This is just one of the ways recreation programmers like Kent and Laurie Anne Brown work with people at the manor.
The first week in February, staff at the Queens Manor will be celebrating recreation awareness week (or recreational professionals in health week). The week is recognized across Nova Scotia by the Recreation Professionals in Health association, says Tara Smith, director of recreation, volunteer services, at Queens Manor.
Smith says the week is to create awareness about facilities like the manor and what happens in them. Another goal is to build understanding about the role of recreation in residential care facilities.
“Often times, people don’t know what happens in our facilities,” says Smith.
As part of recreation awareness week, there will be two in-services for staff at Queens Manor.
“It (the in-service) will be about the importance of knowing the residents because, really, that’s our role,” Smith says.
It’s important for staff members to know residents’ histories; for example, where did they grow up and go to school? Another aspect of getting to know residents involves finding out what they’re able and what they would like to do.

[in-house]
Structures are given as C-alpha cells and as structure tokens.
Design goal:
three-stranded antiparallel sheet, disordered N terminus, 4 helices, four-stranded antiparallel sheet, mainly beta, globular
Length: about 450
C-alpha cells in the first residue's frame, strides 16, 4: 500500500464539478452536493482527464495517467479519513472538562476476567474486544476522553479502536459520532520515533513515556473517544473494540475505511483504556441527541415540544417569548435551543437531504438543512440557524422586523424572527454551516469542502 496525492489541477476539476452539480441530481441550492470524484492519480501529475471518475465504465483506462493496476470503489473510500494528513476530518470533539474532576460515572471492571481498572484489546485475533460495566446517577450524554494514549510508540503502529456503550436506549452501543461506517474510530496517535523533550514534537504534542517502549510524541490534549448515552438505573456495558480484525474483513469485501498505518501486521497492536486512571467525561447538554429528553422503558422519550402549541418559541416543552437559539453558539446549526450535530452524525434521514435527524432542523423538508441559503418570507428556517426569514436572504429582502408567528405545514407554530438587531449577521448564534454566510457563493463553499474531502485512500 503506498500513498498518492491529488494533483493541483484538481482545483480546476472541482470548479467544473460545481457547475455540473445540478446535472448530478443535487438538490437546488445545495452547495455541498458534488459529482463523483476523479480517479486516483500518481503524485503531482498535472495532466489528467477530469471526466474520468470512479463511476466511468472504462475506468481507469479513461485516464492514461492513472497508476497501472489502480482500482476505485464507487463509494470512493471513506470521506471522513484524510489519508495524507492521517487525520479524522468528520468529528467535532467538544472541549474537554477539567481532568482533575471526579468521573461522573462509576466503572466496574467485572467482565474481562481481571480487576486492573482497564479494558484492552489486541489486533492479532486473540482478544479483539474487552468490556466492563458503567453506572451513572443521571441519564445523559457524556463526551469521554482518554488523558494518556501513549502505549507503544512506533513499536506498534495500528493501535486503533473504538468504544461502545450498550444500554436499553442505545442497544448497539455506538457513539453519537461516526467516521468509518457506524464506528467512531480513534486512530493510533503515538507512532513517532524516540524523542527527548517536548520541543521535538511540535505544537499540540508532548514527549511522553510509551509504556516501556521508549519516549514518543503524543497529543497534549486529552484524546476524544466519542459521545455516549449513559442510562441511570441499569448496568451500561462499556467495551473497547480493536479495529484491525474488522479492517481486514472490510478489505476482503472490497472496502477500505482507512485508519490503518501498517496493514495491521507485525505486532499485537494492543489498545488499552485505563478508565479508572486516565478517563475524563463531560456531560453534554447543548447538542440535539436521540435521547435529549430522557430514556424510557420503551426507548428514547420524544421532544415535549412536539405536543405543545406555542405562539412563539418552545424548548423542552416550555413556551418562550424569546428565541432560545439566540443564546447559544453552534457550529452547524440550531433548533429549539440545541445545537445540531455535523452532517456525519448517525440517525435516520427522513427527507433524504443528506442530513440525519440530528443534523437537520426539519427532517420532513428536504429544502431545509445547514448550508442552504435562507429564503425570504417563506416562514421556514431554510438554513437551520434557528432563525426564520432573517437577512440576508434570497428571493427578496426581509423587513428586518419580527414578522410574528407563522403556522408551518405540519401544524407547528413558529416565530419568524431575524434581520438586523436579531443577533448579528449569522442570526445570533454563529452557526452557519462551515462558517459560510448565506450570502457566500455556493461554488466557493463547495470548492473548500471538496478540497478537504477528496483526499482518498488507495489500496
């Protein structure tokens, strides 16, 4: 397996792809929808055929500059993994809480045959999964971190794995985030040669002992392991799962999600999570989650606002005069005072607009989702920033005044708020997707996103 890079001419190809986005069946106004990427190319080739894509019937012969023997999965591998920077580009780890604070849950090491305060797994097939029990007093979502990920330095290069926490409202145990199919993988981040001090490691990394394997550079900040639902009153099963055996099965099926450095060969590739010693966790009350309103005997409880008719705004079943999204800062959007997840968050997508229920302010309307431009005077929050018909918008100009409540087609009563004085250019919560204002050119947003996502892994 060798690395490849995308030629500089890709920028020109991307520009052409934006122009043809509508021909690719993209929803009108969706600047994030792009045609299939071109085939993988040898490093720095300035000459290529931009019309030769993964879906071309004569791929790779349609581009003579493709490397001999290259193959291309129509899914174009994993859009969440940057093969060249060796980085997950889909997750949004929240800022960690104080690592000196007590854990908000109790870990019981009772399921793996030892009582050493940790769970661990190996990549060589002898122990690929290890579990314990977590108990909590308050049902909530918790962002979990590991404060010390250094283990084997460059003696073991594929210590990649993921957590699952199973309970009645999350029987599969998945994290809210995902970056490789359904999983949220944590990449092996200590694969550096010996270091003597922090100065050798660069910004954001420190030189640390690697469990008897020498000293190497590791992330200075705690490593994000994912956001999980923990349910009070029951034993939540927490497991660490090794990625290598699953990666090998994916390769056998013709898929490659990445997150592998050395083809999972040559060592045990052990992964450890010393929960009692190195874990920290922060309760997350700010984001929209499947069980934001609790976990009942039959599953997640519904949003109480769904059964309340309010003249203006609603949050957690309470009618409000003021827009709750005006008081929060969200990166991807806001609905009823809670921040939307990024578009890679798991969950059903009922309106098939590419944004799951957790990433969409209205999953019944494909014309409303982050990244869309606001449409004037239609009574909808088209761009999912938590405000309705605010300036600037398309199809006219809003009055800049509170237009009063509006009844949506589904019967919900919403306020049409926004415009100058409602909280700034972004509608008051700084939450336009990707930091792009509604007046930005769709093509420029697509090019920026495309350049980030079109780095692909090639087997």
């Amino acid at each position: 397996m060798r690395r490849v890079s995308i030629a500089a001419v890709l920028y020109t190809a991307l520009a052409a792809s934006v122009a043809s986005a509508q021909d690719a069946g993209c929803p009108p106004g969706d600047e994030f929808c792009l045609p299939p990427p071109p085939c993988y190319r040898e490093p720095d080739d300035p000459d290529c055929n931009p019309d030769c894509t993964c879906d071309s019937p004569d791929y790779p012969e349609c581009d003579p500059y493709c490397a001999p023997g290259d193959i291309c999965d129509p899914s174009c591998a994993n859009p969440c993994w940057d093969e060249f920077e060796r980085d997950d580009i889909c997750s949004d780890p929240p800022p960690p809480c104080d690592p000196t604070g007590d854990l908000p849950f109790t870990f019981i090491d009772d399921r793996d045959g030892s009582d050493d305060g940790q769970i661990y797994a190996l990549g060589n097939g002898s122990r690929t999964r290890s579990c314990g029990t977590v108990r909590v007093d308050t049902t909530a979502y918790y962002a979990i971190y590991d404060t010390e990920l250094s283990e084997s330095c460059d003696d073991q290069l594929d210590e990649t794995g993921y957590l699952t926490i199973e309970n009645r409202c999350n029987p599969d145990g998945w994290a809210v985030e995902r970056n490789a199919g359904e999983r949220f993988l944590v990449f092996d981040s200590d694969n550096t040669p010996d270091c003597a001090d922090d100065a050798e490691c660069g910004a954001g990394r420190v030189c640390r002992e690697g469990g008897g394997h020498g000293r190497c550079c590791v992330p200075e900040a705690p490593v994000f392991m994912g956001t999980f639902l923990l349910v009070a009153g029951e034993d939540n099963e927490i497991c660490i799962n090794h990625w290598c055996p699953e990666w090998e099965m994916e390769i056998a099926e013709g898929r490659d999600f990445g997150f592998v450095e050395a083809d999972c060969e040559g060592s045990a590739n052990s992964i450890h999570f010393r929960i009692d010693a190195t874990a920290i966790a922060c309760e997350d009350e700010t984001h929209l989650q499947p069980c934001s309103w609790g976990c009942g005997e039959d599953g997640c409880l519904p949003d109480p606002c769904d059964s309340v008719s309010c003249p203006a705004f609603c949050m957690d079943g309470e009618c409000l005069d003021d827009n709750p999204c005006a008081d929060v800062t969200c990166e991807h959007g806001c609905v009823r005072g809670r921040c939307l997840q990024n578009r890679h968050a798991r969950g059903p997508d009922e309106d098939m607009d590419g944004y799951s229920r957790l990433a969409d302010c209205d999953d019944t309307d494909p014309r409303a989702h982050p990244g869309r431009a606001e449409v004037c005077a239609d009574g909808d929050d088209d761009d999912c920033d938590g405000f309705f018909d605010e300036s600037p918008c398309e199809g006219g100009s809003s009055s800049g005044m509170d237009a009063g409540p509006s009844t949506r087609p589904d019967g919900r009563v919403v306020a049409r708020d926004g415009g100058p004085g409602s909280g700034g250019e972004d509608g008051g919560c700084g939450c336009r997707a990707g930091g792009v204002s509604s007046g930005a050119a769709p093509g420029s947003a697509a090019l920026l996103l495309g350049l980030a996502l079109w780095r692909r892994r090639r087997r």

With that knowledge, staff can plan appropriate programs, adds Smith.
“We need to know them (residents), and we need to develop a relationship,” she says.
Smith describes this as person-centred care, which is the idea of every staff member, no matter what her or his job, knowing residents.
“We need to know what makes that resident tick,” she says.
She says it’s important for the staff to try to adjust their schedule and work around people’s needs.
Person-centred care involves not focusing so much on routine.
“If a person doesn’t want to have their main meal at lunch time, then we could save that meal and they could have it at supper time,” says Smith.
Teaching people how to use iPads is an example of person-centred care because it takes people’s abilities into account.
“The iPad is a wonderful tool for touch,” says Smith.
Queens Adult High School teacher Ian Kent and students Kimberly Nielsen and Rachel Guest went to Queens Manor last week to teach residents Betty Manthorne and Richard Daury to use the increasingly popular pallets. They went to the residence as part of a community mentorship program.
Smith says through celebrating the awareness week, the manor hopes to promote the scope of recreation programs at Queens Manor. The week also acknowledges and honours staff members, volunteers, families and community members.
The big thing Smith stresses is how varied recreational programming is. Programs could include anything from large-group activities to one-to-one visiting.
It’s “more than just bingo,” she says.